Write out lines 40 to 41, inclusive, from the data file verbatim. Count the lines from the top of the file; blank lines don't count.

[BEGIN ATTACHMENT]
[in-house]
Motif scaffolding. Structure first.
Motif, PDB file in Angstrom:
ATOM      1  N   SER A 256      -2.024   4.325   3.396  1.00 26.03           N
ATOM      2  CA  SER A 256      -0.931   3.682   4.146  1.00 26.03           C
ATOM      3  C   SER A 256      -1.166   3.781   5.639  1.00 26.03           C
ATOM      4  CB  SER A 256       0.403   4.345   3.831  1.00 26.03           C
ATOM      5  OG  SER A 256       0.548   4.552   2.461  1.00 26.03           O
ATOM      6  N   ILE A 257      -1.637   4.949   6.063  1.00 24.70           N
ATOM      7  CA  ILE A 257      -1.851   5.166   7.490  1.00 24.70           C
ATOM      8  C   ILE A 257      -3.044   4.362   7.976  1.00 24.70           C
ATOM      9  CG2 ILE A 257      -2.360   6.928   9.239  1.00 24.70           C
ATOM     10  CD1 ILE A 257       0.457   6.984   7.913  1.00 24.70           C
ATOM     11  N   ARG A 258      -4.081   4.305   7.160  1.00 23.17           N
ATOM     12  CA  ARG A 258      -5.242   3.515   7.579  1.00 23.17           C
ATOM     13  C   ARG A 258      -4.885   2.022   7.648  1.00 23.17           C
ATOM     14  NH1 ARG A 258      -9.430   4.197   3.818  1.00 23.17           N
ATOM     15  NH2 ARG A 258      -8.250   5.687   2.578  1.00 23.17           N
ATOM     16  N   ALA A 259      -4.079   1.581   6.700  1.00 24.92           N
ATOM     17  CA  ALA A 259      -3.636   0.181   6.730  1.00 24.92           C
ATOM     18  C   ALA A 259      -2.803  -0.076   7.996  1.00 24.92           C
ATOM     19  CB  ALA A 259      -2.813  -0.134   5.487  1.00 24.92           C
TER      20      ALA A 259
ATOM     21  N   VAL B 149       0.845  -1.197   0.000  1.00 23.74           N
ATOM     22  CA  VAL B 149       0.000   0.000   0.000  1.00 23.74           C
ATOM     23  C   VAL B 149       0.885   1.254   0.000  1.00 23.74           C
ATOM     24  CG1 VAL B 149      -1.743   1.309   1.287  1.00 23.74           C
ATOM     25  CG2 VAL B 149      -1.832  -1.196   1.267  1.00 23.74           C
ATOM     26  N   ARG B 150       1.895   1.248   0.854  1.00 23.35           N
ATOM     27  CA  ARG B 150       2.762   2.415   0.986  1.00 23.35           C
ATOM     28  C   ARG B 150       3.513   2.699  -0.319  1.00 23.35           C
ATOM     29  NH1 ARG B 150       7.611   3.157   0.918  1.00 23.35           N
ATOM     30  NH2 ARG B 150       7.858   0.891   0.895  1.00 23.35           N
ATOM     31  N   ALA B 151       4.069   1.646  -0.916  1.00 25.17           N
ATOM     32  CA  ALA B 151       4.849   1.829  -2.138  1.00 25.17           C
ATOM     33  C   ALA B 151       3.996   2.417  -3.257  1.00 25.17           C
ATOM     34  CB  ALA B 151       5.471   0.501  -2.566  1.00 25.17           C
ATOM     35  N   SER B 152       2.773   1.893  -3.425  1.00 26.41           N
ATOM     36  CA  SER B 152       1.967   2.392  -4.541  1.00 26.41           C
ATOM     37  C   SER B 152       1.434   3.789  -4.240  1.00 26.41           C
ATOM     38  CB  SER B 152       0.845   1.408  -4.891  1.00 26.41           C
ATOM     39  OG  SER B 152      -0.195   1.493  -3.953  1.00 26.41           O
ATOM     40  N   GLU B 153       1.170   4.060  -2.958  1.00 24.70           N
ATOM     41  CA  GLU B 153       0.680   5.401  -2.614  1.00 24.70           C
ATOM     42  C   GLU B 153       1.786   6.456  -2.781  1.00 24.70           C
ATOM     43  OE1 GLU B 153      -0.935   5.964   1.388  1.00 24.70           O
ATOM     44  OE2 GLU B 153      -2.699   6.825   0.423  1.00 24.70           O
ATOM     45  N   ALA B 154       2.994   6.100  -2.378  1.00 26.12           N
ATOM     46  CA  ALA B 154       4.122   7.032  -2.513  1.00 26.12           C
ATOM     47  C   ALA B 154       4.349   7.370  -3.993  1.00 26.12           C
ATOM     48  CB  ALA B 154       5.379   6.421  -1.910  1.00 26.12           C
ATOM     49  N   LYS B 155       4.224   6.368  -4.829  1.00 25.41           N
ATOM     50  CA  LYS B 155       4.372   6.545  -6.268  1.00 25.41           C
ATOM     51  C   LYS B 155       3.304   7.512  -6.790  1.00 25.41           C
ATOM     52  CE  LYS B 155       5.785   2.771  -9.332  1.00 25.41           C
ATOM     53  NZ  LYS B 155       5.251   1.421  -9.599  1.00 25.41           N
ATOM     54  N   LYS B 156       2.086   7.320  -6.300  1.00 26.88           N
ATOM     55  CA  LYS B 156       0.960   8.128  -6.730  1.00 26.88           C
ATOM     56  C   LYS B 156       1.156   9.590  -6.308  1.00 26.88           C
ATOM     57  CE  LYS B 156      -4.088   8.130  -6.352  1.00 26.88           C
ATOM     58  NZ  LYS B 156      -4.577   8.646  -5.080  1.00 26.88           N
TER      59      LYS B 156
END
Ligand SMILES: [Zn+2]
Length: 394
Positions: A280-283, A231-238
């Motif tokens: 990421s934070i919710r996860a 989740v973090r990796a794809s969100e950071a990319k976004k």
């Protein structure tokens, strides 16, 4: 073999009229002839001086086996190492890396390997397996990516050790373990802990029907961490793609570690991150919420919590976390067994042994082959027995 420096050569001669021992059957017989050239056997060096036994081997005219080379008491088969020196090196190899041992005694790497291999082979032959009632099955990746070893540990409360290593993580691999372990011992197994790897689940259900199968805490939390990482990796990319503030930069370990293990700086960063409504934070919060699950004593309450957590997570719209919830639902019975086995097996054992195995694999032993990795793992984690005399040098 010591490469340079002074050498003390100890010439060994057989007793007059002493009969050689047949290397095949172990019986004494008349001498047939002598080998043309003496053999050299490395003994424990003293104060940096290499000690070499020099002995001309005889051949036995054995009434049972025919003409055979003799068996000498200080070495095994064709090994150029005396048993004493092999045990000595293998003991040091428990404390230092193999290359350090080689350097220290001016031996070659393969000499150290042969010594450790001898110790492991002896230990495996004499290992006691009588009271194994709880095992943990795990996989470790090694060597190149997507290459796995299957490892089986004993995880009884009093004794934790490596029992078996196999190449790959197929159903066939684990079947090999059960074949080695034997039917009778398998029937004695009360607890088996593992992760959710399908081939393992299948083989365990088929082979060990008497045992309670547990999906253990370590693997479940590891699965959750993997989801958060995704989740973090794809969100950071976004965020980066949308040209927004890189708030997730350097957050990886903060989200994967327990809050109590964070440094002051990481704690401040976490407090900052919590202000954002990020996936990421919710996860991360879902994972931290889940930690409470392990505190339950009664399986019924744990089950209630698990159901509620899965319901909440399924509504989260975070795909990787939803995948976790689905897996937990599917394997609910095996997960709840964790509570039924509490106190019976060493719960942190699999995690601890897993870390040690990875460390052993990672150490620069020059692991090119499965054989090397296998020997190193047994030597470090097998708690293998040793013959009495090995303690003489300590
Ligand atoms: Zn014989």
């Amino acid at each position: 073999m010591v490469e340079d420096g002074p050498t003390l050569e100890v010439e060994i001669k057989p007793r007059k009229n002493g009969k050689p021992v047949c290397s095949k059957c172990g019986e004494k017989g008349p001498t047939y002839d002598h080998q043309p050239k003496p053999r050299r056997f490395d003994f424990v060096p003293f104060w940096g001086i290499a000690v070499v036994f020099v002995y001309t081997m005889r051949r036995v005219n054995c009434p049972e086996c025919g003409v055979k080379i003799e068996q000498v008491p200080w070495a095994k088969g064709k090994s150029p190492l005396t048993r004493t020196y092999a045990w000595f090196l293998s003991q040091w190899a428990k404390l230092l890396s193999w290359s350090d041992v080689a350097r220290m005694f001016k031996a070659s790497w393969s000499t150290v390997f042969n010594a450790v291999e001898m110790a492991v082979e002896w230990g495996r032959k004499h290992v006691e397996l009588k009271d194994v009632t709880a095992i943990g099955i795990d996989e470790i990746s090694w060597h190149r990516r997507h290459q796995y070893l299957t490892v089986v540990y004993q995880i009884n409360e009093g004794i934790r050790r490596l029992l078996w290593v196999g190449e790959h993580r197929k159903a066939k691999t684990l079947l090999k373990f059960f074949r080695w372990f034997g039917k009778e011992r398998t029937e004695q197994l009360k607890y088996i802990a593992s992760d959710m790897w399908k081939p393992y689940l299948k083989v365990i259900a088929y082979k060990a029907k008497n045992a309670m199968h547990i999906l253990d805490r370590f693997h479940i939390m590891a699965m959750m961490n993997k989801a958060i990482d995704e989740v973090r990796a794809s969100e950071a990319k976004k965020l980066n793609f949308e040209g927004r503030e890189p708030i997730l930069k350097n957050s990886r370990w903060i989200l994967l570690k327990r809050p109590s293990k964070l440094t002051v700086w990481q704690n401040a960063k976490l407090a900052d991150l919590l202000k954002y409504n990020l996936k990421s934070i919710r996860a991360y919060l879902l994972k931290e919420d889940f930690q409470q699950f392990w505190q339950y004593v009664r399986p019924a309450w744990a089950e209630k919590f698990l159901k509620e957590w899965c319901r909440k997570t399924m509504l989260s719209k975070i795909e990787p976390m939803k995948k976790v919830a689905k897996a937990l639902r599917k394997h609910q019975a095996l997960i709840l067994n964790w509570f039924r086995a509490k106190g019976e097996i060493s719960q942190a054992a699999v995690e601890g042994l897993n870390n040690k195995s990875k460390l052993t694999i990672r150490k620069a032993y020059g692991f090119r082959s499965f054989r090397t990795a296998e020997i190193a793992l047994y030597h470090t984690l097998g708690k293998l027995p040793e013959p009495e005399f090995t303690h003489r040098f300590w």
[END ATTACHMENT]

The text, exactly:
ATOM     37  C   SER B 152       1.434   3.789  -4.240  1.00 26.41           C
ATOM     38  CB  SER B 152       0.845   1.408  -4.891  1.00 26.41           C